Determining Whether an Injured Employee is Malingering by Getting a Psychiatric IME

By: Ron L Hilley II

Employers and insurers often deal with claims in which it seems
the injured employee is exaggerating his or her symptoms, particularly when
there is no objective testing that can explain the levels of reported
pain.  At this year’s workers’ compensation seminar, psychiatrist Dr.
Matthew Norman discussed the difference between the medical terms “malingering”
and “conversion” within […]

Tuesday, October 29, 2019|

Spinal Cord Stimulators: They may be worse than we even thought

By: Ken David, Esq.

We all know from experience that there is not a high success rate for spinal
cord stimulators in a workers’ comp claim, especially ones where there is
litigation. At KDA, Jennifer Smith and Jarvis Lakemaker have been studying this
issue and below are their thoughts on a recent AP study along with a link […]

Thursday, December 20, 2018|

Clarifying the Purpose and Scope of the Petition for Medical Treament (PMT) Process

By: Sarah Hegener, Esq.

By now, you may have had a Petition for Medical Treatment (PMT) call on one of your files. This new medical authorization process was implemented by the State Board of Workers’ Compensation in July 2017 to assist with expedited authorization for medical treatment recommended by an authorized treating physician (ATP) and […]

Tuesday, October 9, 2018|

Battling the Opioid Crisis: Alternatives for Pain Management

By: Wesley Moore

As in years past, the opioid drug epidemic and resulting impact on workers’ compensation cases was a prominent topic at the seminar. Dr. Carlos Giron of the Pain Institute of Georgia discussed alternatives to opioids. Considering the addictive nature of the drugs, Georgia physicians are exploring alternative treatments that will assist with […]

Tuesday, October 9, 2018|

Georgia Effectively Curbing Opioid Prescriptions in Workers’ Compensation Cases

By: Tyler Jones, Esq.

It is rare to read a good report regarding the opioid crisis, but according to two recent studies, Georgia is included in a list of states that are effectively managing opioids by decreasing the number of opioids prescribed in workers’ compensation cases. According to a study by the Workers Compensation Research Institute, […]

Tuesday, April 10, 2018|

Is This an Idiopathic Injury? Clarification on Confusing Case Law

by Christopher Pugh, Esq.

What constitutes an idiopathic injury is a familiar topic in workers’ compensation because the criteria can be confusing. Idiopathic claims are those in which an injury is deemed not to have arisen out of employment because the claimant’s injury was from an unknown cause or for reasons personal to the employee. A […]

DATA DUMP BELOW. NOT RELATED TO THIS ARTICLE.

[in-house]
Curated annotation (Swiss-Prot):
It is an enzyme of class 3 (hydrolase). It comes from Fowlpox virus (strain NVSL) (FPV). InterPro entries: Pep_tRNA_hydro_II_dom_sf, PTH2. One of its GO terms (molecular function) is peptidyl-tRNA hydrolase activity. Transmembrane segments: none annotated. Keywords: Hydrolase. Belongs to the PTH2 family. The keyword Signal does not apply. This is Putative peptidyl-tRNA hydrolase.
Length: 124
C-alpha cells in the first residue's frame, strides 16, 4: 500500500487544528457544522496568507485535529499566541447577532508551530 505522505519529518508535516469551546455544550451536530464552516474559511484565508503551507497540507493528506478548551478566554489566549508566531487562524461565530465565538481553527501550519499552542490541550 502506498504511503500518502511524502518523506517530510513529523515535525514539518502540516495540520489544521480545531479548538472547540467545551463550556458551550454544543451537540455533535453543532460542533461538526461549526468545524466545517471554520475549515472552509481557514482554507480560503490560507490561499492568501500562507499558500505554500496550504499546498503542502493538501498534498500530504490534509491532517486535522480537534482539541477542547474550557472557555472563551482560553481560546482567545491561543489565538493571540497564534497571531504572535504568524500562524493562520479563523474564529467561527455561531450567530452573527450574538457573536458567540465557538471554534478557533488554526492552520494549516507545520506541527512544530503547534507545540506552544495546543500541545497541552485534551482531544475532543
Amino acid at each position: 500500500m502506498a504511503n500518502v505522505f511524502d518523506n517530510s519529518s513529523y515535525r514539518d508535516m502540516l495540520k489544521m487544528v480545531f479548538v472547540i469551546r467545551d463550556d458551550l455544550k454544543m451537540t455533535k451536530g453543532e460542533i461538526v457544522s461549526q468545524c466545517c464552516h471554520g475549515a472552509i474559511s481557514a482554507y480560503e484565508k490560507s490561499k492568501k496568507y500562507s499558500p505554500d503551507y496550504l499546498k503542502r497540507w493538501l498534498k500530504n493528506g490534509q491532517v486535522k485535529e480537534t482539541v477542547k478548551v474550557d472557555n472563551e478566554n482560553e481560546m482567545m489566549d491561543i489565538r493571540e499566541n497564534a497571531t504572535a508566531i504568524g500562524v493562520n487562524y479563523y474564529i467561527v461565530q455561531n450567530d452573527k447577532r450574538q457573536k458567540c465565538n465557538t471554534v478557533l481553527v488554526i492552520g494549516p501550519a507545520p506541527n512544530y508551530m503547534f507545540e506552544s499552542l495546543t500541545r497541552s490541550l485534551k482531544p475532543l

Wednesday, October 11, 2017|

What is the Correct Accident Date?

by Emily Anderson, Esq.

Once an employee is injured, they have one year from the date of the injury to file the claim if no lost time is paid. When there is a specific accident, knowing what date to use is easy. However, not all injuries are that straight forward.

• Cumulative Trauma: when an employee does […]

Tuesday, August 8, 2017|

CMS Re-Review Now Available: A Way to Reduce Previously Approved MSAs

by Emily Anderson, Esq.

Prior to July of this year, submitting an MSA to CMS held more of a risk, since the initial amount approved by CMS was typically the amount the parties were stuck with, even if circumstances changed. CMS would only review an MSA once, unless there was an obvious mistake (i.e. a math […]

Tuesday, August 8, 2017|

Medicare Set-Asides – Coming Soon to Personal Injury Cases

by Vincent A. Toreno, Esq.

While Medicare Set-Asides have been a fixture in workers’ compensation cases for years, they have been much less commonly seen in liability cases.  That will likely be changing.  Until now, the Centers for Medicare and Medicaid Services (CMS) has provided little guidance on how to ensure that Medicare’s interests are protected […]

Thursday, July 20, 2017|

How Will Georgia’s New Cannabis Law Impact Workers’ Compensation Benefits?

by Frank A. Wasser, Esq.

On May 9, 2017, Governor Deal signed into law an expansion of Georgia’s medical marijuana program, which allows certain patients the ability to possess up to 20 ounces of cannabis oil to treat specific illnesses. The new law added six conditions eligible for treatment. Significantly, the law only allows physicians to […]

Wednesday, June 14, 2017|